Monday, May 03, 2010

2009: Most Energy-Efficient Economy in History

The EIA released new energy data last Friday showing that the U.S. had the most energy-efficient economy in history last year, based on the amount of energy consumed to produce each real dollar of Gross Domestic Product (GDP). In 2009, it required only 7,290 BTUs of energy (petroleum, natural gas and other energy) to produce each real dollar of GDP, an all-time record low, and less than half the energy required in the mid-1970s to produce a dollar of output (see chart top above).

In other words, the U.S. economy is twice as energy-efficient today compared to the 1970s due to technology, innovation and improvements that allow us to produce more output with less energy. We did save some energy in 2009 because output (GDP) fell by 2.44 percent due to the recession, but energy consumption fell by about twice as much (4.81 percent) last year, which lowered energy consumption per dollar of real GDP for the 18th consecutive year to an all-time historical record low.

Amazingly, the EIA report also showed that total U.S. energy consumption in 2009 (94.66 quadrillion BTUs) was less than the total energy consumed 12 years ago in 1997 (94.76 quadrillion BTUs), even though we produced almost 32 percent more output last year than in 1997, the U.S. population has increased by 34.5 million people in the last 12 years, and traffic volume (miles driven) was 17.5 percent higher last year than in 1997 (see bottom chart above)!

The new EIA data showing that we’re living in the most energy-efficient economy in history probably won’t get much media attention (especially compared to an event like Earth Day or the Gulf oil spill), even though it’s an ongoing and remarkable story of environmentally-friendly, green achievement. As American Enterprise Institute fellow Steven F. Hayward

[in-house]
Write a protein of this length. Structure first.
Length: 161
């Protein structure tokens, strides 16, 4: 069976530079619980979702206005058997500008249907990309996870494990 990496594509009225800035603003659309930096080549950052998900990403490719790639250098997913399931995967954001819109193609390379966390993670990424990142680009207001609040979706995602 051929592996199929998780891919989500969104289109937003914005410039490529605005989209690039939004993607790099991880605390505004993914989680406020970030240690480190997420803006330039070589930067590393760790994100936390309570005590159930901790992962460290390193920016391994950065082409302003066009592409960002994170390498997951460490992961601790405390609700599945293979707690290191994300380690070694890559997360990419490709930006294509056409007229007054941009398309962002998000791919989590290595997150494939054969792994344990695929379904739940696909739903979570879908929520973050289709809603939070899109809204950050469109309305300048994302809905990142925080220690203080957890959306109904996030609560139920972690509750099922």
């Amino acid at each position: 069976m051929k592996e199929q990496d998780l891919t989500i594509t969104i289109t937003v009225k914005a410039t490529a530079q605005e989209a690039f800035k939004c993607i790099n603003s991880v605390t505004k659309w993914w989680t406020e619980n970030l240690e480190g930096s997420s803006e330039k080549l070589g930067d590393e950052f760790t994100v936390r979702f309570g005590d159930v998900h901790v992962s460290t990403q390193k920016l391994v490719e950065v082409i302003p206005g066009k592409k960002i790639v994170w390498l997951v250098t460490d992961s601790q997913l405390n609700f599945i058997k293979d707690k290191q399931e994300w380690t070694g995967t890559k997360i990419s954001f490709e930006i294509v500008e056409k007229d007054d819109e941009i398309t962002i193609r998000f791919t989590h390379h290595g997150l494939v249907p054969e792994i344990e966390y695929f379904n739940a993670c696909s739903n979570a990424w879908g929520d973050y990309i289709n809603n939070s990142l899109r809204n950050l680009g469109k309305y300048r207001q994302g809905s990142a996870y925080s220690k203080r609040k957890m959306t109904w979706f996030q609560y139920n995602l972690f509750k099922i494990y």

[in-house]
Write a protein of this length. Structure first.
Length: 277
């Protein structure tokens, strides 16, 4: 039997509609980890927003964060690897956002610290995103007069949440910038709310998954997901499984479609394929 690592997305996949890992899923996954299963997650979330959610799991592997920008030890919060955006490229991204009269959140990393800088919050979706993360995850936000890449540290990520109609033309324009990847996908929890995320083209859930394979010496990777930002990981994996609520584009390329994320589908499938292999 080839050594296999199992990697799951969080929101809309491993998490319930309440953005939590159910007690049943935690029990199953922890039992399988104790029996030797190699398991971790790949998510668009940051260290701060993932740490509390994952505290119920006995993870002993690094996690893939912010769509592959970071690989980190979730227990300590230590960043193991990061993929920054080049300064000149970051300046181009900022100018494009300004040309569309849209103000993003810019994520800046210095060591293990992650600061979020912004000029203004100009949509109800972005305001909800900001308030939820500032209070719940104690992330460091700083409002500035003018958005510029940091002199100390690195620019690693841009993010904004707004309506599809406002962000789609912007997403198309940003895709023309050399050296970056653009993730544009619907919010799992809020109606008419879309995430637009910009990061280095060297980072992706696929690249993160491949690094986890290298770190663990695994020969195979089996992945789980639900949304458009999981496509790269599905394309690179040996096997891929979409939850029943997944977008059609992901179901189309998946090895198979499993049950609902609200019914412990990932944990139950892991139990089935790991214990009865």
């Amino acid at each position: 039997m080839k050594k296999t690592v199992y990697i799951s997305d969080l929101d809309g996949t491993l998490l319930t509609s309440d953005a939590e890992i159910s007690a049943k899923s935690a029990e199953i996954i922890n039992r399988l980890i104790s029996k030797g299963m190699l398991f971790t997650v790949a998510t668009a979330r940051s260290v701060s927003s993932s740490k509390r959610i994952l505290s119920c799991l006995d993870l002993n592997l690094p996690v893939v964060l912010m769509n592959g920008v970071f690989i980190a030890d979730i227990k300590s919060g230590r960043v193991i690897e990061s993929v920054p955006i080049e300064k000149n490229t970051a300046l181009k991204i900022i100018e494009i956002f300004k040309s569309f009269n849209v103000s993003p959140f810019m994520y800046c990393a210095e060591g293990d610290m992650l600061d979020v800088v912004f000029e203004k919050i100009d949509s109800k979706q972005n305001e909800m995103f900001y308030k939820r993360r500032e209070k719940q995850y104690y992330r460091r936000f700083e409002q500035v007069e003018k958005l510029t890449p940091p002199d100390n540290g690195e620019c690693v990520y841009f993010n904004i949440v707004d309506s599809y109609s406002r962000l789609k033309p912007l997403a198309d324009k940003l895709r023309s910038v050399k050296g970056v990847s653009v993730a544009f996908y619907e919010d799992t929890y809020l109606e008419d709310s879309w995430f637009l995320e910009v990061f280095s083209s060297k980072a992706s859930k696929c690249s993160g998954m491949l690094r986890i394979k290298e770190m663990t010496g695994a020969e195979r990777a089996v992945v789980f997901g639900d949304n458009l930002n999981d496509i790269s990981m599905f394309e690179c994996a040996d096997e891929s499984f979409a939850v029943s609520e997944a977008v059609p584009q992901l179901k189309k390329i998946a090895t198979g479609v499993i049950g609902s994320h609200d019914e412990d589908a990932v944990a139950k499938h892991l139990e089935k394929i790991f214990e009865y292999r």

commented in 2008, “The consistent improvement in America's energy efficiency is an untold and underappreciated long-term story.”

With all of the media coverage of the oil spill in the Gulf dominating energy news, don't expect any reports on 2009 setting a new record for the most energy-efficient economy in history.

Cross-posted at
The Enterprise Blog.


At 5/03/2010 2:03 PM, Anonymous morganovich said...

has anyone ever seen this data by product?

i'm wondering if this shift has more to do with a production/consumption shift toward more services/healthcare/etc and shifting energy intensive industries offshore or due to efficiency gains within industries.

does a car made today use less energy than one made 20 years ago?

At 5/03/2010 2:35 PM, Blogger Benjamin Cole said...

This chart is remarkable, especially considering that the USA has not taxed energy use, certainly compared to Europe.

When we do, or if energy prices start to rise, look for an even steeper second leg to this chart.

At 5/03/2010 5:15 PM, Blogger Milton Recht said...

To morganovich:

The shift from a manufacturing to a service-based economy accounts for about half of US energy productivity, with the other half attributable to energy efficiency (Kissock, K., 1989, “The Effect of Population, Economy and Energy Use on Sulfur Emissions in the United States Since 1900”, Washington University, St. Louis, Missouri).

At 5/03/2010 6:01 PM, Blogger juandos said...